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Neuroblastoma Immunotherapy

Immunotherapy stimulates your child's immune system to attack tumor cells. Neuroblastoma immunotherapy utilizes anti-GD2 (Dinutuximab beta EUSA/Qarziba®): an antibody against a specific protein of the neuroblastoma tumor cell. Anti-GD2 helps a patient’s immune system recognize and destroy tumor cells more effectively. Qarziba is administered in combination with medication that supports the immune system, namely IL-2 and GM-CSF.

Immunotherapy is standardly incorporated in the treatment of high-risk neuroblastoma patients who undergo treatment that observes the guidelines of the neuroblastoma professionals from the Dutch Children's Oncology Foundation (SKION). This immunotherapy is the last phase of the treatment after chemotherapy, surgery, autologous stem cell transplantation and radiotherapy. The treatment is for high-risk patients who meet the agreed qualification criteria.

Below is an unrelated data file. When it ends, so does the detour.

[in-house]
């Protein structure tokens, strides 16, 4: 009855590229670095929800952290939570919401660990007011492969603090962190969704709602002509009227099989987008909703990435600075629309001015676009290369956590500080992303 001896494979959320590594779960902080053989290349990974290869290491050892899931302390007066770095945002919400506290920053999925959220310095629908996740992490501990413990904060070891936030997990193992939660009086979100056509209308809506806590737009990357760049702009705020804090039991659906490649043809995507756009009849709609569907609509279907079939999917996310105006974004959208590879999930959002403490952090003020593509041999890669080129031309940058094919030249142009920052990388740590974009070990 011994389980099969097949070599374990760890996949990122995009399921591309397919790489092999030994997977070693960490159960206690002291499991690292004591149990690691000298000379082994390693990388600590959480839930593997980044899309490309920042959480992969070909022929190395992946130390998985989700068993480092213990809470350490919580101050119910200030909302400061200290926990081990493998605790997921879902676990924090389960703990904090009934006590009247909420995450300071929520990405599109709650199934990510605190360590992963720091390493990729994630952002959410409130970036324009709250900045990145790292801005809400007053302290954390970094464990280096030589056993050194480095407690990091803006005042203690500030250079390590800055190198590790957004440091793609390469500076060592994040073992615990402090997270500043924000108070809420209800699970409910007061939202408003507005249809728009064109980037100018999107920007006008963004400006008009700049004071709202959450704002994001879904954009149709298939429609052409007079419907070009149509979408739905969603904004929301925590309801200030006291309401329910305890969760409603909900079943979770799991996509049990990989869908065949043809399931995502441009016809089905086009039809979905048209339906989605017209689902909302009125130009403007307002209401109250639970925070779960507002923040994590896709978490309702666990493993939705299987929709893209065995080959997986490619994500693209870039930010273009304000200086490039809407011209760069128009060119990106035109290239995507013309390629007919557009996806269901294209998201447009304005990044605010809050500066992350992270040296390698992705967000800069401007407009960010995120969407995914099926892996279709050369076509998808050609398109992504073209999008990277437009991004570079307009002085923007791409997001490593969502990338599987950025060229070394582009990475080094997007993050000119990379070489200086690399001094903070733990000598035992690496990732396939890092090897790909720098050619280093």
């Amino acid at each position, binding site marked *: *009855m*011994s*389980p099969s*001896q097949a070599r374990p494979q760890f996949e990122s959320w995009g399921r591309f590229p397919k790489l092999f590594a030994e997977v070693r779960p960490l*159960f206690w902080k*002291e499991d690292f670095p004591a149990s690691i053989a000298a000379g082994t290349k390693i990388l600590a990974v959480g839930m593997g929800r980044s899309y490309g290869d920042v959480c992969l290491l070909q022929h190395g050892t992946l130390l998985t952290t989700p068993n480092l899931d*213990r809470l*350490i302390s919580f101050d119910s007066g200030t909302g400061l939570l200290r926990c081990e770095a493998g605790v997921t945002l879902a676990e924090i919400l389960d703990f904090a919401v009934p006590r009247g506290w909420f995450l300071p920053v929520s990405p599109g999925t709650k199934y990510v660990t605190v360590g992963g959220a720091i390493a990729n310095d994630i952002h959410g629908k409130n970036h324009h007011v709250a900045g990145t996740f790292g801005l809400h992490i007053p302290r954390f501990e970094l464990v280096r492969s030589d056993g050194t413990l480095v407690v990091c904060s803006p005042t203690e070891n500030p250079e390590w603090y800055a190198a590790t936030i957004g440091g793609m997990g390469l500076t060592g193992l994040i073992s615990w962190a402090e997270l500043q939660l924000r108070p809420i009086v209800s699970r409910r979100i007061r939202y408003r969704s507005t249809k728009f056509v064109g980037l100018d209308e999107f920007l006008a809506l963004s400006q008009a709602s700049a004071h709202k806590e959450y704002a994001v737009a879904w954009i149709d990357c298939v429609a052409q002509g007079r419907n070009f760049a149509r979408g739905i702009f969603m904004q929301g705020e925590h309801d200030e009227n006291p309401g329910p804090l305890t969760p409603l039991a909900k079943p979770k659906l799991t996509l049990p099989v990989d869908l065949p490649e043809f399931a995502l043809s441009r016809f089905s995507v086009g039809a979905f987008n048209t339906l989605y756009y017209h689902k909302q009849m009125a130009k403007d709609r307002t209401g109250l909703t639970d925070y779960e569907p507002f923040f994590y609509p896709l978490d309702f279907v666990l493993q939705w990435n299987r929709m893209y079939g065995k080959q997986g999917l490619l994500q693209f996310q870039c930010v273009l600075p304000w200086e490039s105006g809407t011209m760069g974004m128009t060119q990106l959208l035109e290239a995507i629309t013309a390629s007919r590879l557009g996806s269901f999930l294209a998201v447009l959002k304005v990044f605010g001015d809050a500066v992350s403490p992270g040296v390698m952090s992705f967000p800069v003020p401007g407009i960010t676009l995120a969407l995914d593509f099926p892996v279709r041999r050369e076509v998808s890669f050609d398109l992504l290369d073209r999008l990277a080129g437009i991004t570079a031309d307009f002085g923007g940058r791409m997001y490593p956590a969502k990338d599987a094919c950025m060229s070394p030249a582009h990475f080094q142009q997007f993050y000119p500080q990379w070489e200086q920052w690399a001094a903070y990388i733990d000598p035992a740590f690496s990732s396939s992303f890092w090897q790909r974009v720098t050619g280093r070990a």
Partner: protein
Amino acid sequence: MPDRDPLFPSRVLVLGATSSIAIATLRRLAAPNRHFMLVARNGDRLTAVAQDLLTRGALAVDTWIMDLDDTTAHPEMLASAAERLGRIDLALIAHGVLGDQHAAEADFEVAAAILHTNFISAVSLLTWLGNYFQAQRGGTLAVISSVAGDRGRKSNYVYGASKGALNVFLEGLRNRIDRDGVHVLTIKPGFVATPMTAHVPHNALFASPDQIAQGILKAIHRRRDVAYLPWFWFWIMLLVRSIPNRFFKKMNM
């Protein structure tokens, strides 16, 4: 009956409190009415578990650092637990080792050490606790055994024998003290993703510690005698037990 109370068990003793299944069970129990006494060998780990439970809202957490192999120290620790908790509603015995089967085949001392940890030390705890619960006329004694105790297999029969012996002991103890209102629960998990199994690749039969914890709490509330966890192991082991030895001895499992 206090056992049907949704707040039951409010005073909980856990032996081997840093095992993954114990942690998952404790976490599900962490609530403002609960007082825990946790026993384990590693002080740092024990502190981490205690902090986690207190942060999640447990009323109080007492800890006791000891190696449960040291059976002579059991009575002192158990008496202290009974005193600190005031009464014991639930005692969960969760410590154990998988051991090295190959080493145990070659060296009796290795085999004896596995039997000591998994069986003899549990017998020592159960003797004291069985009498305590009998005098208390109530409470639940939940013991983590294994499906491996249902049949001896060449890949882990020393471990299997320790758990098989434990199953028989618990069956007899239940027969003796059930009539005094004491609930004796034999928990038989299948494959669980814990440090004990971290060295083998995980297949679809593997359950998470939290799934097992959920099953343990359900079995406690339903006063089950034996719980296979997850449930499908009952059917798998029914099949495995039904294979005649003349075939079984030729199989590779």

Treatment comprises five hospital admissions within six months, each lasting for approximately a week. Children who qualify for immunotherapy are supervised by a separate team of pediatric oncologists and nursing specialists who, among other things, provide comprehensive information in the run-up to this treatment.


The potential side effects from immunotherapy differ from the side effects of chemotherapy. The administration of Qarziba can cause pain during immunotherapy. We provide effective pain relief for this. Other known side effects of immunotherapy include allergic reactions. Allergic reactions often respond well to treatment, but, in a few instances, they can lead to the discontinuation of the medication or to hospitalization in Intensive Care for additional support and monitoring.



You can ask the pediatrician or nursing specialist any questions you may have about immunotherapy.